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Nakumatt fights to stop auctioneers in TRM rent war

The suit papers show that Nakumatt owed the mall owners Sh51,896,027 by June 7, but do not indicate how long the retailer has been in rent default. PHOTO | BD GRAPHIC
The suit papers show that Nakumatt owed the mall owners Sh51,896,027 by June 7, but do not indicate how long the retailer has been in rent default. PHOTO | BD GRAPHIC 

Retail chain Nakumatt’s troubles have deepened after one of its creditors, Thika Road Mall (TRM), attached large amounts of the supermarket’s goods and equipment seeking to recover Sh51 million in rent arrears.

TRM, through Moran Auctioneers, seized a number of Nakumatt’s assets, including six moving trucks, 400 customer trolleys, office furniture, ovens and other electrical appliances, forcing the retailer to rush to court for an order temporarily suspending the auction.

Court documents indicate that TRM had taken the drastic action after prolonged negotiations to unlock the rent arrears impasse failed.

Nakumatt wants the court to stop TRM’s owners from selling its assets to recover rent arrears, and to bar them from evicting the retail chain from the Roysambu-based facility.

The suit papers show that Nakumatt owed the mall owners Sh51,896,027 by June 7, but do not indicate how long the retailer has been in rent default.

Nakumatt and TRM have asked the court to grant them until July 19 to negotiate a settlement that may lead to a withdrawal of the suit.

The action comes at a time when Nakumatt is battling a separate insolvency petition filed by one of its top suppliers, who is seeking to recover Sh70 million in unpaid debt.

African Cotton Industries Limited, the manufacturer of popular tissue paper and sanitary towel brands such as Tena, Flora and Medicott, says in its petition that talks with Nakumatt since May last year have not borne fruit.

The consumer goods manufacturer reckons that three cheques that Nakumatt issued in March this year totalling Sh11 million have bounced, eroding confidence in the state of its finances.

Nakumatt says in the suit it has filed against TRM that the attachment of its assets is illegal as there are active insolvency proceedings against it in court.

“In view of the said insolvency proceedings, the proclamation notice dated June 8, 2017 violates the provisions of Sections 429 and 430 of the Insolvency Act and the same is therefore illegal, null and void.

Nakumatt undertakes to put TRM into funds once the proposed reorganisation and recapitalisation of Nakumatt’s business is finalised,” the retail chain’s managing director, Atul Shah, says in court papers.

Sections 429 and 430 of the insolvency law bar attachment of any assets owned by a firm that is facing liquidation proceedings in court.

Nakumatt is also accusing TRM of breaking the law by taking hold of items that are exempt from attachment. “A section of the goods which have been proclaimed are exempt from attachment such as the 400 customer trolleys, which constitute Nakumatt’s tools of trade and 11 packets of KCC Delite yoghurt, which are perishable goods.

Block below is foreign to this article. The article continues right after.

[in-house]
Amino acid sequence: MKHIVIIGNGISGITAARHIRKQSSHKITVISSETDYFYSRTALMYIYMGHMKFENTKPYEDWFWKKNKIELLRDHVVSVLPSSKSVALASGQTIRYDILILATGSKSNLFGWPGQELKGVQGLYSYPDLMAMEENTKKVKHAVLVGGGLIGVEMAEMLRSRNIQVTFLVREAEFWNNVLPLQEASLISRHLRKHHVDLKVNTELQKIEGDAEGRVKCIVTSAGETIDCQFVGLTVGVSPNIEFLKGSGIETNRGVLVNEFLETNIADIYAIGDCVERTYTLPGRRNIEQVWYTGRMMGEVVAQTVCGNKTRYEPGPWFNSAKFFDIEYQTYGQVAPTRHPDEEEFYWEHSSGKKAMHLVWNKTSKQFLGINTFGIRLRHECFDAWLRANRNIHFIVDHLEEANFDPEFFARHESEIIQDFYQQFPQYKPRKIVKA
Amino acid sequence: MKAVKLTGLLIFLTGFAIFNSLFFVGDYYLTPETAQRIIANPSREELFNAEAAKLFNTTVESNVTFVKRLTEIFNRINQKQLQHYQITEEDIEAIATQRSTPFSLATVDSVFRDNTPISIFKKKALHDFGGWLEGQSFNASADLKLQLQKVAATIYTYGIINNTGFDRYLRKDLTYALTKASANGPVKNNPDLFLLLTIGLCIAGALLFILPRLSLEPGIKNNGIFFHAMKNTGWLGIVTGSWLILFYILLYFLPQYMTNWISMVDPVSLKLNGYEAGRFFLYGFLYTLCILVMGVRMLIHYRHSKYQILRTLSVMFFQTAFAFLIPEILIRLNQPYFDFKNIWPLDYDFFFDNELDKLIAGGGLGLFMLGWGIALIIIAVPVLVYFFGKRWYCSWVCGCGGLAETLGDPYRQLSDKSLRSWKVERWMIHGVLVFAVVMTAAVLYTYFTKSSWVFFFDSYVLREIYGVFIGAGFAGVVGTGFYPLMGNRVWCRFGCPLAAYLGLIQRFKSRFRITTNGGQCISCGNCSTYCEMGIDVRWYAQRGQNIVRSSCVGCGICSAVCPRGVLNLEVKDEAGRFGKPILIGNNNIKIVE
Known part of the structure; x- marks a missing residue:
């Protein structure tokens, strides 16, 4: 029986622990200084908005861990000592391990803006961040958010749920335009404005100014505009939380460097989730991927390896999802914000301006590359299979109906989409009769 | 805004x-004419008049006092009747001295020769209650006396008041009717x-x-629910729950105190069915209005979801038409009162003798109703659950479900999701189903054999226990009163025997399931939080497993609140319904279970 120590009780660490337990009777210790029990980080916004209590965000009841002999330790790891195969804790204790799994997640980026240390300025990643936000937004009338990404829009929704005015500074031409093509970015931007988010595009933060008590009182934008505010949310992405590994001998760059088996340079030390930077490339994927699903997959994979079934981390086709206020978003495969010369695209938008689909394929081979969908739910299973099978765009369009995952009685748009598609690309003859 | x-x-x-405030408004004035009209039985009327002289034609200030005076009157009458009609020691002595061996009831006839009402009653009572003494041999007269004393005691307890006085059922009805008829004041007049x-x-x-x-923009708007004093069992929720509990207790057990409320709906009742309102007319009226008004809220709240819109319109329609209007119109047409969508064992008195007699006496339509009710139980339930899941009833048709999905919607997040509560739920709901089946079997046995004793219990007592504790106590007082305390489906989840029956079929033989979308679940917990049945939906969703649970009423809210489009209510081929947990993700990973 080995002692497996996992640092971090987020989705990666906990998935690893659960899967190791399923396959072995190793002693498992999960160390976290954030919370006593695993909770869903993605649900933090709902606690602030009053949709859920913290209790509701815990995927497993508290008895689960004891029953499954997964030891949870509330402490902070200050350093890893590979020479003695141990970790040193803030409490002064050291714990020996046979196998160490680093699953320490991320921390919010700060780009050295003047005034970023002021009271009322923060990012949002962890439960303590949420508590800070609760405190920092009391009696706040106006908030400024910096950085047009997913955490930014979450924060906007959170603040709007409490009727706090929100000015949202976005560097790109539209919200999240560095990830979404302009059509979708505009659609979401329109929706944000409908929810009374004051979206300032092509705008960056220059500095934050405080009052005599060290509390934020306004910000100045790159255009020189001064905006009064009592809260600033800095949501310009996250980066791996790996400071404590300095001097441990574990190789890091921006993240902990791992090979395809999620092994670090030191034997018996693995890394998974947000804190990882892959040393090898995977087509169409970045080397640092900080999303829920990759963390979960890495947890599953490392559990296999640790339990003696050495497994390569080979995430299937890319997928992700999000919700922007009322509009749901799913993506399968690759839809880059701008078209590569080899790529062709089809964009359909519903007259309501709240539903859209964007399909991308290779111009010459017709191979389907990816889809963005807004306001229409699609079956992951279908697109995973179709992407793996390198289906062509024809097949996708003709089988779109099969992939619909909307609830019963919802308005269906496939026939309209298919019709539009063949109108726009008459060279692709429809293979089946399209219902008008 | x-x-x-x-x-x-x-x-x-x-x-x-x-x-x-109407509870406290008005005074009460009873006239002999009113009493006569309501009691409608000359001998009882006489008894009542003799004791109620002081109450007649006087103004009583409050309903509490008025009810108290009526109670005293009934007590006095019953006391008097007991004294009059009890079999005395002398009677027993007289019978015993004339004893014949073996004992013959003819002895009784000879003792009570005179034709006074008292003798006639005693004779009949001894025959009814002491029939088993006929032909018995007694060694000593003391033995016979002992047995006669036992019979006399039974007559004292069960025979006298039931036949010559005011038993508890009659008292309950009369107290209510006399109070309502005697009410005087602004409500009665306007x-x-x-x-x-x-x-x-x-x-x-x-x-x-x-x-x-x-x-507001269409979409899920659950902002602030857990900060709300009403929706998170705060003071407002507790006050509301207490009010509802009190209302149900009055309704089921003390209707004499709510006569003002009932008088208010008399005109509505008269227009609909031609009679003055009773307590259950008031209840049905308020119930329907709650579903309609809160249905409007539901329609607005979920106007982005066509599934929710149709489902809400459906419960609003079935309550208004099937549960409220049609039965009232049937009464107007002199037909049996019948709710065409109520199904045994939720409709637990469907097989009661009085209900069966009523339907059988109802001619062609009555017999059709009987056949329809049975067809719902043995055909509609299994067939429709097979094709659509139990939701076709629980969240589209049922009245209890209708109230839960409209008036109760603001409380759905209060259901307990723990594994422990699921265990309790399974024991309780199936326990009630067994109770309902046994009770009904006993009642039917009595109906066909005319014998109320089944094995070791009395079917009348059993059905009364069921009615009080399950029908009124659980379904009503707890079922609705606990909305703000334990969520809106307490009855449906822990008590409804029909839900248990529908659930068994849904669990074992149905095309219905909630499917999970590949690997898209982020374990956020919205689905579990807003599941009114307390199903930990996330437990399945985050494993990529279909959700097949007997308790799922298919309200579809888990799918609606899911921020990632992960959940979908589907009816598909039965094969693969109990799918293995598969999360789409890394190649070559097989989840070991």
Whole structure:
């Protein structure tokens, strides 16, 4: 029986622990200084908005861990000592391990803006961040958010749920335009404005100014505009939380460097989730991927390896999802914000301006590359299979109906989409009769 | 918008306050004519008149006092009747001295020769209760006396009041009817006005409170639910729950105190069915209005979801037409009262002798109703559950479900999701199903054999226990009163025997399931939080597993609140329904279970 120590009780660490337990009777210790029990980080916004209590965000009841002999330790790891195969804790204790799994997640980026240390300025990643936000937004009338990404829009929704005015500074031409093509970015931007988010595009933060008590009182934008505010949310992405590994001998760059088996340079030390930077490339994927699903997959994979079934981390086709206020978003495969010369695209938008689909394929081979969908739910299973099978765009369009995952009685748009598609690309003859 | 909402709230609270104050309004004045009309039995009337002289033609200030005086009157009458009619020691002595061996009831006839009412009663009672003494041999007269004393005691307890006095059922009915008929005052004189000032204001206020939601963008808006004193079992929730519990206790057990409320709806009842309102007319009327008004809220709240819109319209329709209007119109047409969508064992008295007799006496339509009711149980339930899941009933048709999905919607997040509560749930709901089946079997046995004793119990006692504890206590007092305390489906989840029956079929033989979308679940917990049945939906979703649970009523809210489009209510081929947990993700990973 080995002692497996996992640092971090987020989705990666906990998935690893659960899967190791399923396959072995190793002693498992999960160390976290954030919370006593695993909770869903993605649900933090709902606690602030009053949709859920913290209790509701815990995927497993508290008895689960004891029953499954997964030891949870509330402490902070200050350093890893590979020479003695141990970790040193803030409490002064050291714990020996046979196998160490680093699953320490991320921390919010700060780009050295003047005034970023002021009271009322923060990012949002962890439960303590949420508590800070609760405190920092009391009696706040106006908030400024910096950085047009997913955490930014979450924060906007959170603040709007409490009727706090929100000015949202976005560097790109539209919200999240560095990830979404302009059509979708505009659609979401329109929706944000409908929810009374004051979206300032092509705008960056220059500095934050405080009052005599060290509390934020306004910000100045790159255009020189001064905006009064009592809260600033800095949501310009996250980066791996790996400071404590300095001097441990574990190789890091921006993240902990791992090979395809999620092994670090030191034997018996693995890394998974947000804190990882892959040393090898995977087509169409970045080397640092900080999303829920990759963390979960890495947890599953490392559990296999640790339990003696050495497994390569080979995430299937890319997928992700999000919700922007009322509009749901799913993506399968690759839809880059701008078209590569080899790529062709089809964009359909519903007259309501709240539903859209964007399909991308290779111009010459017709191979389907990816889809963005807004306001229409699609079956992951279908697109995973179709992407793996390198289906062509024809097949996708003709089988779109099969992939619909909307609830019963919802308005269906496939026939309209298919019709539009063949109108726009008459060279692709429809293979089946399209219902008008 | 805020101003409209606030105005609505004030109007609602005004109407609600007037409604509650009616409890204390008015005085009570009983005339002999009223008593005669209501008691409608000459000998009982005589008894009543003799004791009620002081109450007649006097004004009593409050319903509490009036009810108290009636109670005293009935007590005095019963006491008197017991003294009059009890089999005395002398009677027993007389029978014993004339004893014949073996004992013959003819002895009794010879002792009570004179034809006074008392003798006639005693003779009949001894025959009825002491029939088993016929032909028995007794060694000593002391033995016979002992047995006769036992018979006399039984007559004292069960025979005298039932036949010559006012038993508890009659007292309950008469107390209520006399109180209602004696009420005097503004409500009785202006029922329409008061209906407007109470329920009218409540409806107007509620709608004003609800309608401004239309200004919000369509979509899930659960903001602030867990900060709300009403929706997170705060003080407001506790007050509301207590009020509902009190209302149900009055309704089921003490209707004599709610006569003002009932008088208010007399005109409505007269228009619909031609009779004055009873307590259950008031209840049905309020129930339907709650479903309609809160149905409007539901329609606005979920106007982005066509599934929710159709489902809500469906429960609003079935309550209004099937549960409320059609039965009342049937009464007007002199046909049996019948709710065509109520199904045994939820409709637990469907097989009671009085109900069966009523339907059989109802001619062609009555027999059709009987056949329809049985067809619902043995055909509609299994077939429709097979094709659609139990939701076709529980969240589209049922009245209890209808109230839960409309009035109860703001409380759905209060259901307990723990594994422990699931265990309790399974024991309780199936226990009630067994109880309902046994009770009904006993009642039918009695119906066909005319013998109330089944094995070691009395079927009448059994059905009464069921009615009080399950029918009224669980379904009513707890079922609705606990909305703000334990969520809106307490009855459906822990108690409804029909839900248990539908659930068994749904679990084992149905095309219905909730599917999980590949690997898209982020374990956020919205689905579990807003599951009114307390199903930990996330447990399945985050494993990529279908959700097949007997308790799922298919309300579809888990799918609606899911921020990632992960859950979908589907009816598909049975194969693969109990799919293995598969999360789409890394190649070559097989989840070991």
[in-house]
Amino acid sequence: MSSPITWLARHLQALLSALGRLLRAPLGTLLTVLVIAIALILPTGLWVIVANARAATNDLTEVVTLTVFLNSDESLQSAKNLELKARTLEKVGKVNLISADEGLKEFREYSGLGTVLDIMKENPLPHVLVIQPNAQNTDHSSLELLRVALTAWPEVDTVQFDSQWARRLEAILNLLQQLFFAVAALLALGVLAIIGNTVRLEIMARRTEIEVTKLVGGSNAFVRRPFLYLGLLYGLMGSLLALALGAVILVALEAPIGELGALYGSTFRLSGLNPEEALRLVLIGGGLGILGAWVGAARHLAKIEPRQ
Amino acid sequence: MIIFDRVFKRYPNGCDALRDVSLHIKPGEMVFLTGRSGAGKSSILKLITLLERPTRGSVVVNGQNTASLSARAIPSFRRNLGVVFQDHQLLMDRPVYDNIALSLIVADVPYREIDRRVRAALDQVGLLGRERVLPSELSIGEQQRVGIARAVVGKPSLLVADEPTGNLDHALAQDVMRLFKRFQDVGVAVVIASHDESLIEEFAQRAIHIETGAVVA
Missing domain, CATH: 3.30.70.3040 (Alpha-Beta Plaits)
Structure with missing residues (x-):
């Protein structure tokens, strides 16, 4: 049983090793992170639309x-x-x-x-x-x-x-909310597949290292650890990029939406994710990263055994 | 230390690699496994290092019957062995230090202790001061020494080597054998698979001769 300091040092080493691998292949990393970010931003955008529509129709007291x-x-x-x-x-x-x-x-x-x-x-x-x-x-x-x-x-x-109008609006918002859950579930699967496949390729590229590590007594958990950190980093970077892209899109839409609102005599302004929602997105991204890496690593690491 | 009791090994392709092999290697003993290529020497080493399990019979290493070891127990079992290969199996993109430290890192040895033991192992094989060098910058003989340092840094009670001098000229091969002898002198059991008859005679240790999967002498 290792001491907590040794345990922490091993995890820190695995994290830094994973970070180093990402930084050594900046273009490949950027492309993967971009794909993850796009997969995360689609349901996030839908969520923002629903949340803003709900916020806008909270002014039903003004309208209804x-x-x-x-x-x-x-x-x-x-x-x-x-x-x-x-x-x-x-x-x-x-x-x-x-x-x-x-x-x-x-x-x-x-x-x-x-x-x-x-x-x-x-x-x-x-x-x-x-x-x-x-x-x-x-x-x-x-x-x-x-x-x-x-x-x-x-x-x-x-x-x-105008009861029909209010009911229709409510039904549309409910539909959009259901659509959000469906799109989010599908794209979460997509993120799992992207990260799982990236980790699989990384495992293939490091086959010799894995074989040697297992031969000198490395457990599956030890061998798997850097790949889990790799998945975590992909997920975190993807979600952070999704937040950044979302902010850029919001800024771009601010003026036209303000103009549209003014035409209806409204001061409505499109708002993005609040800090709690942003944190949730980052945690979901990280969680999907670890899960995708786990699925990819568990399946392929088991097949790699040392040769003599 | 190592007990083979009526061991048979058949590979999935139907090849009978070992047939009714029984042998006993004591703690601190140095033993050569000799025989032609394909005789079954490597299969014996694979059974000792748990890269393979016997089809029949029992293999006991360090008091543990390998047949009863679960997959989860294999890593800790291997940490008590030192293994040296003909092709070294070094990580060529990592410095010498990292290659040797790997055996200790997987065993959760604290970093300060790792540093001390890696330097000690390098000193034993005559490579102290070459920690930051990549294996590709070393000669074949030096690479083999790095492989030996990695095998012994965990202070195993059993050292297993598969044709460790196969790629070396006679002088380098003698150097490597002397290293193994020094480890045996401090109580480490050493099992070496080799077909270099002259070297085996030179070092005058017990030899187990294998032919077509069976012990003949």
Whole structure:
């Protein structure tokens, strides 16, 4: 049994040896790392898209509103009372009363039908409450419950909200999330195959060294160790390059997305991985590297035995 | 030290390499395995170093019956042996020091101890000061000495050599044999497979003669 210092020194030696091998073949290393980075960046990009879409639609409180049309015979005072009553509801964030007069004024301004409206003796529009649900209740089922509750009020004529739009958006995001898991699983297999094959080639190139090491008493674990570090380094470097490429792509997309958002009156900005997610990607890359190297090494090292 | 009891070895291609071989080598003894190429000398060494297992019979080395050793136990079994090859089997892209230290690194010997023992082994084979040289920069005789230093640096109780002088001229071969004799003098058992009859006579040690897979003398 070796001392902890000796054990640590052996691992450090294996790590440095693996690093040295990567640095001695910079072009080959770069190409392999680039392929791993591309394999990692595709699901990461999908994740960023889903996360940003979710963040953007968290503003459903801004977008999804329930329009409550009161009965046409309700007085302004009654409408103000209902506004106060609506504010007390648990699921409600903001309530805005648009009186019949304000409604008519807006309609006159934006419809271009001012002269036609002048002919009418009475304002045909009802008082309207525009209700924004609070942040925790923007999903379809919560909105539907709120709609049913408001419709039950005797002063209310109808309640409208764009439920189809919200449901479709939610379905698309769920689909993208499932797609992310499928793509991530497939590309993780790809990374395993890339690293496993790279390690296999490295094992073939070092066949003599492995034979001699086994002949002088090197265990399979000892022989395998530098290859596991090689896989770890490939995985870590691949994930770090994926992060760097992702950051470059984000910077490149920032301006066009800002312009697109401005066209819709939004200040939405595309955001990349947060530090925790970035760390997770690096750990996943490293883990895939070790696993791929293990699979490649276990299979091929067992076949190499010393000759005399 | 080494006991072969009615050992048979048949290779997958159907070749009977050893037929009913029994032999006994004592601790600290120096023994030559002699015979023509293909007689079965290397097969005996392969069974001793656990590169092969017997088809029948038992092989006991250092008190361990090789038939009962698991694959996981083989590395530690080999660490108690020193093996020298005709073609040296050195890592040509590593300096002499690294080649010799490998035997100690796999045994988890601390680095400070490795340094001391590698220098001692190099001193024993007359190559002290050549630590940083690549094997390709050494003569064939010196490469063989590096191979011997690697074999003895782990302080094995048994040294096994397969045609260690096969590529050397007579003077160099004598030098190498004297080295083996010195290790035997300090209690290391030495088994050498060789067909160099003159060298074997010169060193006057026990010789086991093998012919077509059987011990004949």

Thika Road Mall in Nairobi. FILE PHOTO | EVANS HABIL | NMG
Thika Road Mall in Nairobi. FILE PHOTO | EVANS HABIL | NMG

Some of the proclaimed goods such as the commercial photocopier and new furniture items do not belong to Nakumatt,” the retail chain says, even as it blames new laws capping interest rates for its recent troubles.

Nakumatt says the laws, passed in August last year, have made it difficult to access the short- to medium-term credit it relied on to run the business.

“It therefore became necessary for Nakuamatt to negotiate fresh terms with financial institutions and repayment terms with its creditors with the emergence of these unforeseen circumstances,” Mr Shah says.

African Cotton Industries has, however, dismissed Nakumatt’s claim, arguing that the retail chain’s troubles started months before the law capping interest rates was passed.

The consumer goods manufacturer says it has since May last year tried to negotiate a settlement of the Sh70 million debt with Nakumatt but has not succeeded.

Nakumatt is also accused of repeatedly failing to honour promises to pay its debts, leaving liquidation as the only viable option.

“Since May 2016, we have had extensive discussions with Nakumatt seeking normalisation of the overdue account, which you had indicated would be improved by July 2016,” African Cotton Industries says in court papers, adding that all promises have failed to materialise.

“To our great dismay, 12 cheques amounting to the sum of Sh11.7 million were dishounoured upon presentation in March 2017,” the supplier says in a statutory demand to Nakumatt and Mr Shah.

The insolvency suit and the tiff with TRM come at a time when the retail chain is desperately seeking a deal with its lenders and suppliers who are keen on a quick solution to Nakumatt’s heavy debt load.

Trade Principal Secretary Chris Kiptoo last week stepped in to help it broker a deal with creditors in government-aided negotiations.

Mr Kiptoo said Nakumatt’s failure to attract a deep-pocketed investor by March has left its owners with two tough options - to liquidate the business or significantly restructure its operations to keep it afloat.

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